Alberta accused of stripping workers' rights with new laws

The Alberta Union of Provincial Employees says two new laws introduced by the provincial government are attacks on workers' rights.

Province introduces new legisation aimed at union activity

Members of the Alberta Union of Provincial Employees took to the steps of the legislature on Wednesday to protest two new bills introduced by the provincial government. (CBC)

The Alberta Union of Provincial Employees says two new laws introduced by the provincial government on Wednesday are attacks on workers' rights.

Bill 46, the Public Service Salary Restraint Act, would allow the province to impose a settlement on AUPE members if a negotiated agreement cannot be reached by Jan. 31, 2014.

AUPE president Guy Smith speaks to the crowd at Wednesday's protest. (CBC )

The current contract with provincial employees expired on March 31, 2013. Negotiations have gone to mediation, but there was no resolution so the union applied to go to arbitration.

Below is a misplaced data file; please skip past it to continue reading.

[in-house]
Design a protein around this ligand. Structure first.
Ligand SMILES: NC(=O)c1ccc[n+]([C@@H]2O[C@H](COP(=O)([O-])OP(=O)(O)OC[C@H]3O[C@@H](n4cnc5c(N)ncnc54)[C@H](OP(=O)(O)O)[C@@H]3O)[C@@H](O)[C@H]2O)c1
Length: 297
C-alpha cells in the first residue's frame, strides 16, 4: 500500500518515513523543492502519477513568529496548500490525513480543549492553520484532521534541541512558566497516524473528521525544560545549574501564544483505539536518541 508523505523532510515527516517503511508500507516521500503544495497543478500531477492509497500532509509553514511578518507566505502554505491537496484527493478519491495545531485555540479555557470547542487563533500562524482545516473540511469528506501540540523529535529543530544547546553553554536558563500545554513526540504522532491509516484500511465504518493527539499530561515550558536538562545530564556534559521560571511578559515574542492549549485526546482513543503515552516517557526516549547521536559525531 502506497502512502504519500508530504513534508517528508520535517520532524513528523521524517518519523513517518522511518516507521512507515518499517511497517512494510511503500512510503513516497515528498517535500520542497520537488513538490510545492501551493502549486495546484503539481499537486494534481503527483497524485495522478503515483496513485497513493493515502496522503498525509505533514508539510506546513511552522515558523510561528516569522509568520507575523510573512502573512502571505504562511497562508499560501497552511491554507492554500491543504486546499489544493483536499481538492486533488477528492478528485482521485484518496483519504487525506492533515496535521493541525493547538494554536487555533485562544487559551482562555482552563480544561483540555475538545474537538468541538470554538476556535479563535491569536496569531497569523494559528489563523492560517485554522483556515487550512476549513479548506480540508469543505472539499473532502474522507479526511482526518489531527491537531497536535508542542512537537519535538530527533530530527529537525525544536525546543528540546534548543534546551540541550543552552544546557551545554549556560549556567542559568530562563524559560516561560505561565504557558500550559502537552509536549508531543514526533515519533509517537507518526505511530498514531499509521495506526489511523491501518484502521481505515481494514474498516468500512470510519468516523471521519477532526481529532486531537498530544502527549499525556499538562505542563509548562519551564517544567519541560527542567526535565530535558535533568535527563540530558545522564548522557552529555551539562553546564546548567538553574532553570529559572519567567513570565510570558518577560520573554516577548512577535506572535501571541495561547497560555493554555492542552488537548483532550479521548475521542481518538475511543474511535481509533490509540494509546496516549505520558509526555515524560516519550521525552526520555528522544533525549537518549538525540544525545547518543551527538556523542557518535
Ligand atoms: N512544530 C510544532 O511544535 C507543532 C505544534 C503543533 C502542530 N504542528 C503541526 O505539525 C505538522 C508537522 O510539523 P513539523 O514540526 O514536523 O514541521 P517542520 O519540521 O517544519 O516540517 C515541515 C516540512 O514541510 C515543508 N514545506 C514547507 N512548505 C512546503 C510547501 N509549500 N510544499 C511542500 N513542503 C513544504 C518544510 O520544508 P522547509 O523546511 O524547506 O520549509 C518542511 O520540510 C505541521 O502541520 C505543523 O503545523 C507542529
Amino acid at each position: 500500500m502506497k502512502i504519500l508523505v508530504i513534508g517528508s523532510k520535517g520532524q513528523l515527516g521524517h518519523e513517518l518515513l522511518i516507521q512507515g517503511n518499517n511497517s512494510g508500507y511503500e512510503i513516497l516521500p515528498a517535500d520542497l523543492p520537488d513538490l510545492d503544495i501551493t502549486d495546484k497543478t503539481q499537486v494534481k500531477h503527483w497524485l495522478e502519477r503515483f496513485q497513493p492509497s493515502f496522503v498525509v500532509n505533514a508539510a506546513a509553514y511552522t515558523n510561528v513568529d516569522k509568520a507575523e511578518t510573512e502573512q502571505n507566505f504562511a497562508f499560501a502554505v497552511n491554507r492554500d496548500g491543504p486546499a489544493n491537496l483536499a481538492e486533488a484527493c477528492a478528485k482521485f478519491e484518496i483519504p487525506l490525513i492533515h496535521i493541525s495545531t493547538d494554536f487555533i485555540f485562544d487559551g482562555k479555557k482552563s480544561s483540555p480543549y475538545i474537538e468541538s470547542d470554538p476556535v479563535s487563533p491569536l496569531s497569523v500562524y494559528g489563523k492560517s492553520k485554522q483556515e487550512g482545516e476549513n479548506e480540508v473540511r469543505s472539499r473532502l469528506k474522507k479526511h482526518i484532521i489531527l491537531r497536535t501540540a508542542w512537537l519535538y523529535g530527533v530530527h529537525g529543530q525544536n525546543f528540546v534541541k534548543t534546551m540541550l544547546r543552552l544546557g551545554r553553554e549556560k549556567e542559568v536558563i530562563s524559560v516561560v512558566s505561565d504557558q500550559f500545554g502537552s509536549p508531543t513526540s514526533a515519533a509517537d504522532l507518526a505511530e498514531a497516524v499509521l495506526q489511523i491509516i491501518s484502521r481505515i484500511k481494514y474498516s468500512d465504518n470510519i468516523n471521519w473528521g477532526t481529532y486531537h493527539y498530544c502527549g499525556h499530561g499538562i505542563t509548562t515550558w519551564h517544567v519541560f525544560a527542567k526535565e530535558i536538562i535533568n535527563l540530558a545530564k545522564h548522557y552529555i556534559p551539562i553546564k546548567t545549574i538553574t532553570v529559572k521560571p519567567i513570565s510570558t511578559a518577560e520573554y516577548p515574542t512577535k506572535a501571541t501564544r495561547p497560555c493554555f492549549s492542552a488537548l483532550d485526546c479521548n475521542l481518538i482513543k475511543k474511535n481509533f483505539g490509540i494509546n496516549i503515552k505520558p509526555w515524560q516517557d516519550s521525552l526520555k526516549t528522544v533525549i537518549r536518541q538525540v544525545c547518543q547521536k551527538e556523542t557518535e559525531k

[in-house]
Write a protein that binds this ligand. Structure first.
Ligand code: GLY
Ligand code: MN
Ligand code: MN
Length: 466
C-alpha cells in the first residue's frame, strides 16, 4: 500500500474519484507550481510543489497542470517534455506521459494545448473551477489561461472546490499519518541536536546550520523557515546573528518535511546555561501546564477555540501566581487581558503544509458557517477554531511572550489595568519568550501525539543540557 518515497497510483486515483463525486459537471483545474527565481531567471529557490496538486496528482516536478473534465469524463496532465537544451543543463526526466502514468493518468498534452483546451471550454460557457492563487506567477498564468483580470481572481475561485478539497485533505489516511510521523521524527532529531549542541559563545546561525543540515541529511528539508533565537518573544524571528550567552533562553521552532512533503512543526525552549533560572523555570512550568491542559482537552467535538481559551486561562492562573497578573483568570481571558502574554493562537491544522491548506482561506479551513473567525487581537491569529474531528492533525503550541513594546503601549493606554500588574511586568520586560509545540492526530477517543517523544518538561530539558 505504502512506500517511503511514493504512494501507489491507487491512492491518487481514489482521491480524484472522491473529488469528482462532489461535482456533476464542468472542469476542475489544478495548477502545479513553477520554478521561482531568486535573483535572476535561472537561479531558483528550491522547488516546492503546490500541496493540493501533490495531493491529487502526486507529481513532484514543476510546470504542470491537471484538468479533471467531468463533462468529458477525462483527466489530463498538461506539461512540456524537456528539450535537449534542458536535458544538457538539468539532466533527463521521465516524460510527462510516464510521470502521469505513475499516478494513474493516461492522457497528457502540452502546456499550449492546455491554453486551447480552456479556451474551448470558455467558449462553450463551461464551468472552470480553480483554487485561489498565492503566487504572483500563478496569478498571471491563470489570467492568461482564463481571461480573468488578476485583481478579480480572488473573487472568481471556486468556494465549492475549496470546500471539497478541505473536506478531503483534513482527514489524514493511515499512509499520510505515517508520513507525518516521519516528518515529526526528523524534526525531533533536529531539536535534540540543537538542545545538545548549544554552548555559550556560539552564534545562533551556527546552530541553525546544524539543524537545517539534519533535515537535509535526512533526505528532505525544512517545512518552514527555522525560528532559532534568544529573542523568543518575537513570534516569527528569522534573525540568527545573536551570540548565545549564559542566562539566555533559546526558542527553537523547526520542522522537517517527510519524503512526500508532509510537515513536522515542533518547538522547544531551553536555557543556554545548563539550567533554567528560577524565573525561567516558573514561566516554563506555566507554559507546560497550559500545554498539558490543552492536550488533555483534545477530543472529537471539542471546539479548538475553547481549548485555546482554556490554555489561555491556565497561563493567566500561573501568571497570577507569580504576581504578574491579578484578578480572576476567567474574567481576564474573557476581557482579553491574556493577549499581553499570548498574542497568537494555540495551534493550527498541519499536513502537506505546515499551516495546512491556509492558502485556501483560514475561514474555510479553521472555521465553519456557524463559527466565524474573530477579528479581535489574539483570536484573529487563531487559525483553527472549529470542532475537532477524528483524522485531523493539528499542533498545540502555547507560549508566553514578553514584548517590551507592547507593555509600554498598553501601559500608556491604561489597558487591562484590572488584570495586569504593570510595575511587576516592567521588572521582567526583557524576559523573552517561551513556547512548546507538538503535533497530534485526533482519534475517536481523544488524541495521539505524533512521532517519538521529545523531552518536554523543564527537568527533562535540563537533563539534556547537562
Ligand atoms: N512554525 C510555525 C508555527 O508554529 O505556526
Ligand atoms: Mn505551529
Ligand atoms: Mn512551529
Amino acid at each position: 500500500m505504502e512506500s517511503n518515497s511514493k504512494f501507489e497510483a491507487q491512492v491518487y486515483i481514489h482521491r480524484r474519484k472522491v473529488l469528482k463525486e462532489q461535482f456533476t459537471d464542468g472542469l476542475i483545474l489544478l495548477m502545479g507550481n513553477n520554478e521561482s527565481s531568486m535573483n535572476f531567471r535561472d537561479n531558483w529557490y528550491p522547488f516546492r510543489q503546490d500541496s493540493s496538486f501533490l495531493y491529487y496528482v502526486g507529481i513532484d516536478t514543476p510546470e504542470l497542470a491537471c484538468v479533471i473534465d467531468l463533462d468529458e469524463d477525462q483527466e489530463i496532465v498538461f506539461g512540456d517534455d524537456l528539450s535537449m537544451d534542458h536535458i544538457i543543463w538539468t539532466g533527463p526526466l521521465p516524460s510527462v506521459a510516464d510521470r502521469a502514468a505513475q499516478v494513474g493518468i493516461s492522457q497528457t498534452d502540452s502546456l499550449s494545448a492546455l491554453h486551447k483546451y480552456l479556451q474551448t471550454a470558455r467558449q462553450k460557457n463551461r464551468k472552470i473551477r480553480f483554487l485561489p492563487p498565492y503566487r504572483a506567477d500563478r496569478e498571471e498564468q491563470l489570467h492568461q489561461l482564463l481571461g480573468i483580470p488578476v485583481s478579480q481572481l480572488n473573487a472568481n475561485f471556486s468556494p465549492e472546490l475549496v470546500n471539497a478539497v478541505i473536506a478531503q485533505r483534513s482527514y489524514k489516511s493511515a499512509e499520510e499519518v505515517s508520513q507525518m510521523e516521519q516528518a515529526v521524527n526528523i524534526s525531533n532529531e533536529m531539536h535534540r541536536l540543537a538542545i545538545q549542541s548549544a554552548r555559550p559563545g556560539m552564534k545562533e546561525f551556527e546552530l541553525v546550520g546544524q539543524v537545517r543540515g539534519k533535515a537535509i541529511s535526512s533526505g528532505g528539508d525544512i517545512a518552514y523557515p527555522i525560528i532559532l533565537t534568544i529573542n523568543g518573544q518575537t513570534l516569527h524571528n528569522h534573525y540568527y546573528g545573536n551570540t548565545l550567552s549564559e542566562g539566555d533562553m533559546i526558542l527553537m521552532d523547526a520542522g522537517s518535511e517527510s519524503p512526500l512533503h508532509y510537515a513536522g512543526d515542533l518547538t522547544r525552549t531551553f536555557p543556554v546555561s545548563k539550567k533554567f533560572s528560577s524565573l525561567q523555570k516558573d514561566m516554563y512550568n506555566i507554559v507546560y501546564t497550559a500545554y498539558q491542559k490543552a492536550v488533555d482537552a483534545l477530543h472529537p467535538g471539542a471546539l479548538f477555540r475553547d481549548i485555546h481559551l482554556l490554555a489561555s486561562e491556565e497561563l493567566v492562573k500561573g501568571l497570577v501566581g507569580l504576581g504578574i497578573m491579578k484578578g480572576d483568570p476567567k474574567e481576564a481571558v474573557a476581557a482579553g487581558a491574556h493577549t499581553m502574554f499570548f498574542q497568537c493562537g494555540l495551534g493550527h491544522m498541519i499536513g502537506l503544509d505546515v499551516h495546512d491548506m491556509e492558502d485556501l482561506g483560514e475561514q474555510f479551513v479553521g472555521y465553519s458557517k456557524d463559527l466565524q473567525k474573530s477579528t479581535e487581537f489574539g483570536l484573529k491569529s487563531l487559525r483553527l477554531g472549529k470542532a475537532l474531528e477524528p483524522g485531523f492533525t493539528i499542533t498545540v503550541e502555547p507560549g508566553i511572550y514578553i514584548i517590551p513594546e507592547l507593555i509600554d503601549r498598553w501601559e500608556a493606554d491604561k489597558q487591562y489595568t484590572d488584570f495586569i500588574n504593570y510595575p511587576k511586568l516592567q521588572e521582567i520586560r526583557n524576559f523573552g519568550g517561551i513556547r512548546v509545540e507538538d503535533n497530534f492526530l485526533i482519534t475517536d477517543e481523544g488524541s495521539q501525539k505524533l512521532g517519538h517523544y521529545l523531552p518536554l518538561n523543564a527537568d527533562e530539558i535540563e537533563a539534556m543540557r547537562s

"So even the one route that we have to go to arbitration is being blocked, undemocratically, by what is being seen or increasingly being seen as a dictatorship in this province," said AUPE president Guy Smith.

Minister of Finance Doug Horner says Bill 46 is meant to provide a fair agreement that fits the government's fiscal restraint policy.

"When you look at the fact that we believe that there is an opportunity for a negotiated settlement, this is something that the two parties should be working on, not a third party independent from what the taxpayer might be looking at," he said. 

Bill 45

The province has presented Bill 45, the Public Sector Services Continuation Act, as a way to protect the public against illegal strikes. 

"The bill holds unions and individuals who break the law accountable for their actions," said Dave Hancock, the minister of Alberta Human Services, in a written statement.

The bill will impose a penalty of $1 million per day on unions which conduct wildcat strikes.

This follows a walkout earlier this year by some corrections officers at the Edmonton Remand Centre.

Opposition reaction

The introduction of the two bills caught labour and opposition leaders by surprise.

"I thought I'd seen everything, but today the government has really shocked me," said NDP leader Brian Mason.

Wildrose leader Danielle Smith accused the government of not being honest with workers.

"We at least were honest during the last election. We told front-line workers that if they voted for Wildrose, we believed that there should be wage austerity until we were back into budget balance. It's the government that lied to them."


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